I would venture a guess that the same people in Nevada who have behaved in this manner toward Harry Reid would welcome a fireside in which Glenn Beck bore his testimony and related his conversion story. This is despite Glenn Beck’s very uncharitable and un-Christlike manner of presentation and content in his sensationalistic and ideological show.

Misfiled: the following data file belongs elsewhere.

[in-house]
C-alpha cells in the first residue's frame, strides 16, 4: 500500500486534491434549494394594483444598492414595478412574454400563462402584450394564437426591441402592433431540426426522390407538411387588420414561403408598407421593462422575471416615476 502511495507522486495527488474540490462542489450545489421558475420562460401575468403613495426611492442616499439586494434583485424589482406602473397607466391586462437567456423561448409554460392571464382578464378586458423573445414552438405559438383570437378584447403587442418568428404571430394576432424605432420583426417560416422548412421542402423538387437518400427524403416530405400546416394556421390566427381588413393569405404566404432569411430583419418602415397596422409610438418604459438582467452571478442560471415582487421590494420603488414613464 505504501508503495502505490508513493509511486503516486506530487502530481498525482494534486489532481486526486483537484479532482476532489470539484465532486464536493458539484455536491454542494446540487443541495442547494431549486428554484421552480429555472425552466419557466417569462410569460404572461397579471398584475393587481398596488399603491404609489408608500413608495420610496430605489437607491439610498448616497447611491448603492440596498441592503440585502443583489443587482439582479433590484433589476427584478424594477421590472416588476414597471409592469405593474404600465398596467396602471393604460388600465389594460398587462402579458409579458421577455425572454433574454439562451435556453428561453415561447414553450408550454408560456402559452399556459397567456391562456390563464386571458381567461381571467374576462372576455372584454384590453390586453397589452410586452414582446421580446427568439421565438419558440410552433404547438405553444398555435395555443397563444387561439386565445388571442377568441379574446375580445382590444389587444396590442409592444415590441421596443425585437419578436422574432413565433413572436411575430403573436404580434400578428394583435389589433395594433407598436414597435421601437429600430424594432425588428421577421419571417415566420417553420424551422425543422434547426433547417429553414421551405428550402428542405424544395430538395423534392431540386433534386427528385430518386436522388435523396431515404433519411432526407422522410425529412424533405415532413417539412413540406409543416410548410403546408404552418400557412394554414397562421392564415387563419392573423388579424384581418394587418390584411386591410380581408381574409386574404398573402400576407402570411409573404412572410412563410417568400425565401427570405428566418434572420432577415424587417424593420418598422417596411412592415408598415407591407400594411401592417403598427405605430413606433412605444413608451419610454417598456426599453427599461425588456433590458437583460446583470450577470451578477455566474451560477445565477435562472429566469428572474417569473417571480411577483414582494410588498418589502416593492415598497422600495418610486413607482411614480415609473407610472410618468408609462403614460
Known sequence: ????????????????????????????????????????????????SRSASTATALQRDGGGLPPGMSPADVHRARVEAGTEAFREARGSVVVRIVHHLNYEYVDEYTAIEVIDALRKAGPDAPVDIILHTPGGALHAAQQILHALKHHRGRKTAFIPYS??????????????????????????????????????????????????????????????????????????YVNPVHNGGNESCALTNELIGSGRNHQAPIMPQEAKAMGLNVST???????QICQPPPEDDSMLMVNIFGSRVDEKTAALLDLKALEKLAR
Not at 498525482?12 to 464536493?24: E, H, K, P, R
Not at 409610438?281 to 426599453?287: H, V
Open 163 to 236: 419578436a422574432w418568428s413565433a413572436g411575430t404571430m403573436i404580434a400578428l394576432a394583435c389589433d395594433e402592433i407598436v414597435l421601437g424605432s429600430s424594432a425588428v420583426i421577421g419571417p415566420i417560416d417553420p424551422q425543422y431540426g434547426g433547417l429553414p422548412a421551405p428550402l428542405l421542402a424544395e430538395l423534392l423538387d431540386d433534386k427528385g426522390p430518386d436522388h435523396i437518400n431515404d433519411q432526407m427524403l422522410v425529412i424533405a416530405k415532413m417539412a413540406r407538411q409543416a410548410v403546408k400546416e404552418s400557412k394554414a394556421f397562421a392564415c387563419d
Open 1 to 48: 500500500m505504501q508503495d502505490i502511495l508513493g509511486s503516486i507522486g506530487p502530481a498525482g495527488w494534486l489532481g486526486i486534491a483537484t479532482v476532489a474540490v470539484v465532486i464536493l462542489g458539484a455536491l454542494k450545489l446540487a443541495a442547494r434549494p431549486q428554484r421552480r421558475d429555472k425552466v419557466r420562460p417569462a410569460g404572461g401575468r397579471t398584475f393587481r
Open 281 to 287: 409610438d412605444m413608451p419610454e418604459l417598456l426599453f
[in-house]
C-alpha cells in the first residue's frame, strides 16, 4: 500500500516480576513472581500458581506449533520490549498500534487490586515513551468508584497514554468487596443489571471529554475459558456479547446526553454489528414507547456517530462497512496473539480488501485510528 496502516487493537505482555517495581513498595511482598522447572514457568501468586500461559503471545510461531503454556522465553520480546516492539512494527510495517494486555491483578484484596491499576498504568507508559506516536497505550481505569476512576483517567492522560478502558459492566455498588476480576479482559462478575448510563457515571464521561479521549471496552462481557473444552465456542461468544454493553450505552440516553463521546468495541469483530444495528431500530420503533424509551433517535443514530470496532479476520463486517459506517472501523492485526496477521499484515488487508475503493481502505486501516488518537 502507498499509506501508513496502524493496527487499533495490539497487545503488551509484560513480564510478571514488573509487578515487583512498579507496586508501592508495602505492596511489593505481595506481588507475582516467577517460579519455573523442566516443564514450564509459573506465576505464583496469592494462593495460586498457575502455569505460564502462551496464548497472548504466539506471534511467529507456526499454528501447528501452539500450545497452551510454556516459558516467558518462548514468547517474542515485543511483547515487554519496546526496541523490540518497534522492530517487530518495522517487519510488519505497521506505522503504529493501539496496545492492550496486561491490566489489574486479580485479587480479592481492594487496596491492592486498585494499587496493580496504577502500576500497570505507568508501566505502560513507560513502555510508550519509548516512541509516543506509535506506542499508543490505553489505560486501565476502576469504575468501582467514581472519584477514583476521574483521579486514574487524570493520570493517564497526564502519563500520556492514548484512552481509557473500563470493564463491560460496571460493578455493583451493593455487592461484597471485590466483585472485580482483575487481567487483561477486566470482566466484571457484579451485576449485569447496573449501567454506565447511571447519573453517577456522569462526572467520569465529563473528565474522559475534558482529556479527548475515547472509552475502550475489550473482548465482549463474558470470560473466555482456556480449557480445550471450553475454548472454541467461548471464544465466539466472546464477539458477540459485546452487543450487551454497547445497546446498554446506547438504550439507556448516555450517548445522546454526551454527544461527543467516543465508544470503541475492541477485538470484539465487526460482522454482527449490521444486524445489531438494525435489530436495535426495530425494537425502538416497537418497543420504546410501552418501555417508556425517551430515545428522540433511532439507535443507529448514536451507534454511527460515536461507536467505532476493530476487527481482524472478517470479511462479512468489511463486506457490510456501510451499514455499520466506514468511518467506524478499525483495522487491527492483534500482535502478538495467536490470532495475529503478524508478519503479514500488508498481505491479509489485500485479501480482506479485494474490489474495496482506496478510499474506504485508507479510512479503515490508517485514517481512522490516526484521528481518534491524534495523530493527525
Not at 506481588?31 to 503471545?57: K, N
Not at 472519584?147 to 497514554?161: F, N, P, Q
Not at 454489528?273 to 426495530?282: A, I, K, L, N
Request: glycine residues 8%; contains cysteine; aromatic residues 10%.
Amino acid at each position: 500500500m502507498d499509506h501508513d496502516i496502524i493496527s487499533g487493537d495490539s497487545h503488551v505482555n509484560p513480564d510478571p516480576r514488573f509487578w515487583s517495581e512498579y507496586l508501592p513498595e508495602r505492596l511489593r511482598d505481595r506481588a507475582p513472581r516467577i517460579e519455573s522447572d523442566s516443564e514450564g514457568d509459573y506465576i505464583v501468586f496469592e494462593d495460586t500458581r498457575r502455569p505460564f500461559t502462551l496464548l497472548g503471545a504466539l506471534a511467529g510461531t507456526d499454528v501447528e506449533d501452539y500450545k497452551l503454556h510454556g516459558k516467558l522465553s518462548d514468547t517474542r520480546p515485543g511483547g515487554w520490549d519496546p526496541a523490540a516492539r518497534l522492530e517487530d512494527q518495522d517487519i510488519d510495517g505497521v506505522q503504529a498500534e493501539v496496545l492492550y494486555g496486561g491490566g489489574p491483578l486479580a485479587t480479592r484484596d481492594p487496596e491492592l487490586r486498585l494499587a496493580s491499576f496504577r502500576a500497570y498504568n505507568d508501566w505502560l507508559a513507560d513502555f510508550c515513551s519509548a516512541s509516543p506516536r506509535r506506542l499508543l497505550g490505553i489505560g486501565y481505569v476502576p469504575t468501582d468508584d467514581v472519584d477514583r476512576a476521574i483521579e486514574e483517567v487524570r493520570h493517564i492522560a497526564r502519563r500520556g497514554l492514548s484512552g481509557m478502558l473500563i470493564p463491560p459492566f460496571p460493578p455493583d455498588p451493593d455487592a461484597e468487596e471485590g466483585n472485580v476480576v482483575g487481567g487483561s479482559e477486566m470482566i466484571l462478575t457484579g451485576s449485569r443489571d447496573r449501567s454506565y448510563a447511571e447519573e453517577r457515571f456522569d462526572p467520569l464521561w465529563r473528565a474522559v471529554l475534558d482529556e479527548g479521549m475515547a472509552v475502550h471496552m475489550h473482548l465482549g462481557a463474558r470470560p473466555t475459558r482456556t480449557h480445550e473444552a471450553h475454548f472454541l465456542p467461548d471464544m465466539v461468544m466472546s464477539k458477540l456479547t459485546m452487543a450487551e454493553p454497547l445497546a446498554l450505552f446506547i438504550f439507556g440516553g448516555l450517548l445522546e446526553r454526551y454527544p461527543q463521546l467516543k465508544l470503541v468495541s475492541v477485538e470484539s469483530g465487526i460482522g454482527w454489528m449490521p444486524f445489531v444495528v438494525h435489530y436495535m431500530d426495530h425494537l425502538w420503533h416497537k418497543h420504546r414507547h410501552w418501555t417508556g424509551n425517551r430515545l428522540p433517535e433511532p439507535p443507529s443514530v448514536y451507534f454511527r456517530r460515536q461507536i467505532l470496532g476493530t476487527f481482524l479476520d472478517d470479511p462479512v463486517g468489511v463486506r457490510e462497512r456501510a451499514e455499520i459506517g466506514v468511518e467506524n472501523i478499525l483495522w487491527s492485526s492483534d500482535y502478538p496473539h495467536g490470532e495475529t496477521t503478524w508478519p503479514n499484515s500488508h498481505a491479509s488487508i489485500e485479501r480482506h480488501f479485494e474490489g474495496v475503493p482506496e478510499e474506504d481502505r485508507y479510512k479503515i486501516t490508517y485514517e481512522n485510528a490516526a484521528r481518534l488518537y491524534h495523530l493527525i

I am very troubled by hearing of this development in Nevada. As Latter-day Saints we need to value the discipline of demonstrating moderation in all things, including political viewpoints. Each of us needs to play a role in toning this mess down, in helping Latter-day Saints who define themselves as political conservatives or Republicans to come to their senses and most of all, to chastize the Latter-day Saints involved in such an embarassing and despicable display against Senator Reid. We each need to take a reality check on how we are contributing to building upthe Kingdom of God by allowing different viewpoints about something as petty as a particular political or policy debate to cause us to act in an unChristlike manner toward our fellow citizens or Latter-day Saints. It is counterproductive to our covenants to build up Zion. This is especially the case in our representative democracies — a political system that allows Zion to flourish in a context of pluralism, diversity, harmony and prosperity. As members of such a polity, our actions should be guided by principles of civic republicanism in accepting the responsibilities of citizens, including by obeying the rule of law once enacted by the party winning an election, even if that is not the party a particular individual prefers.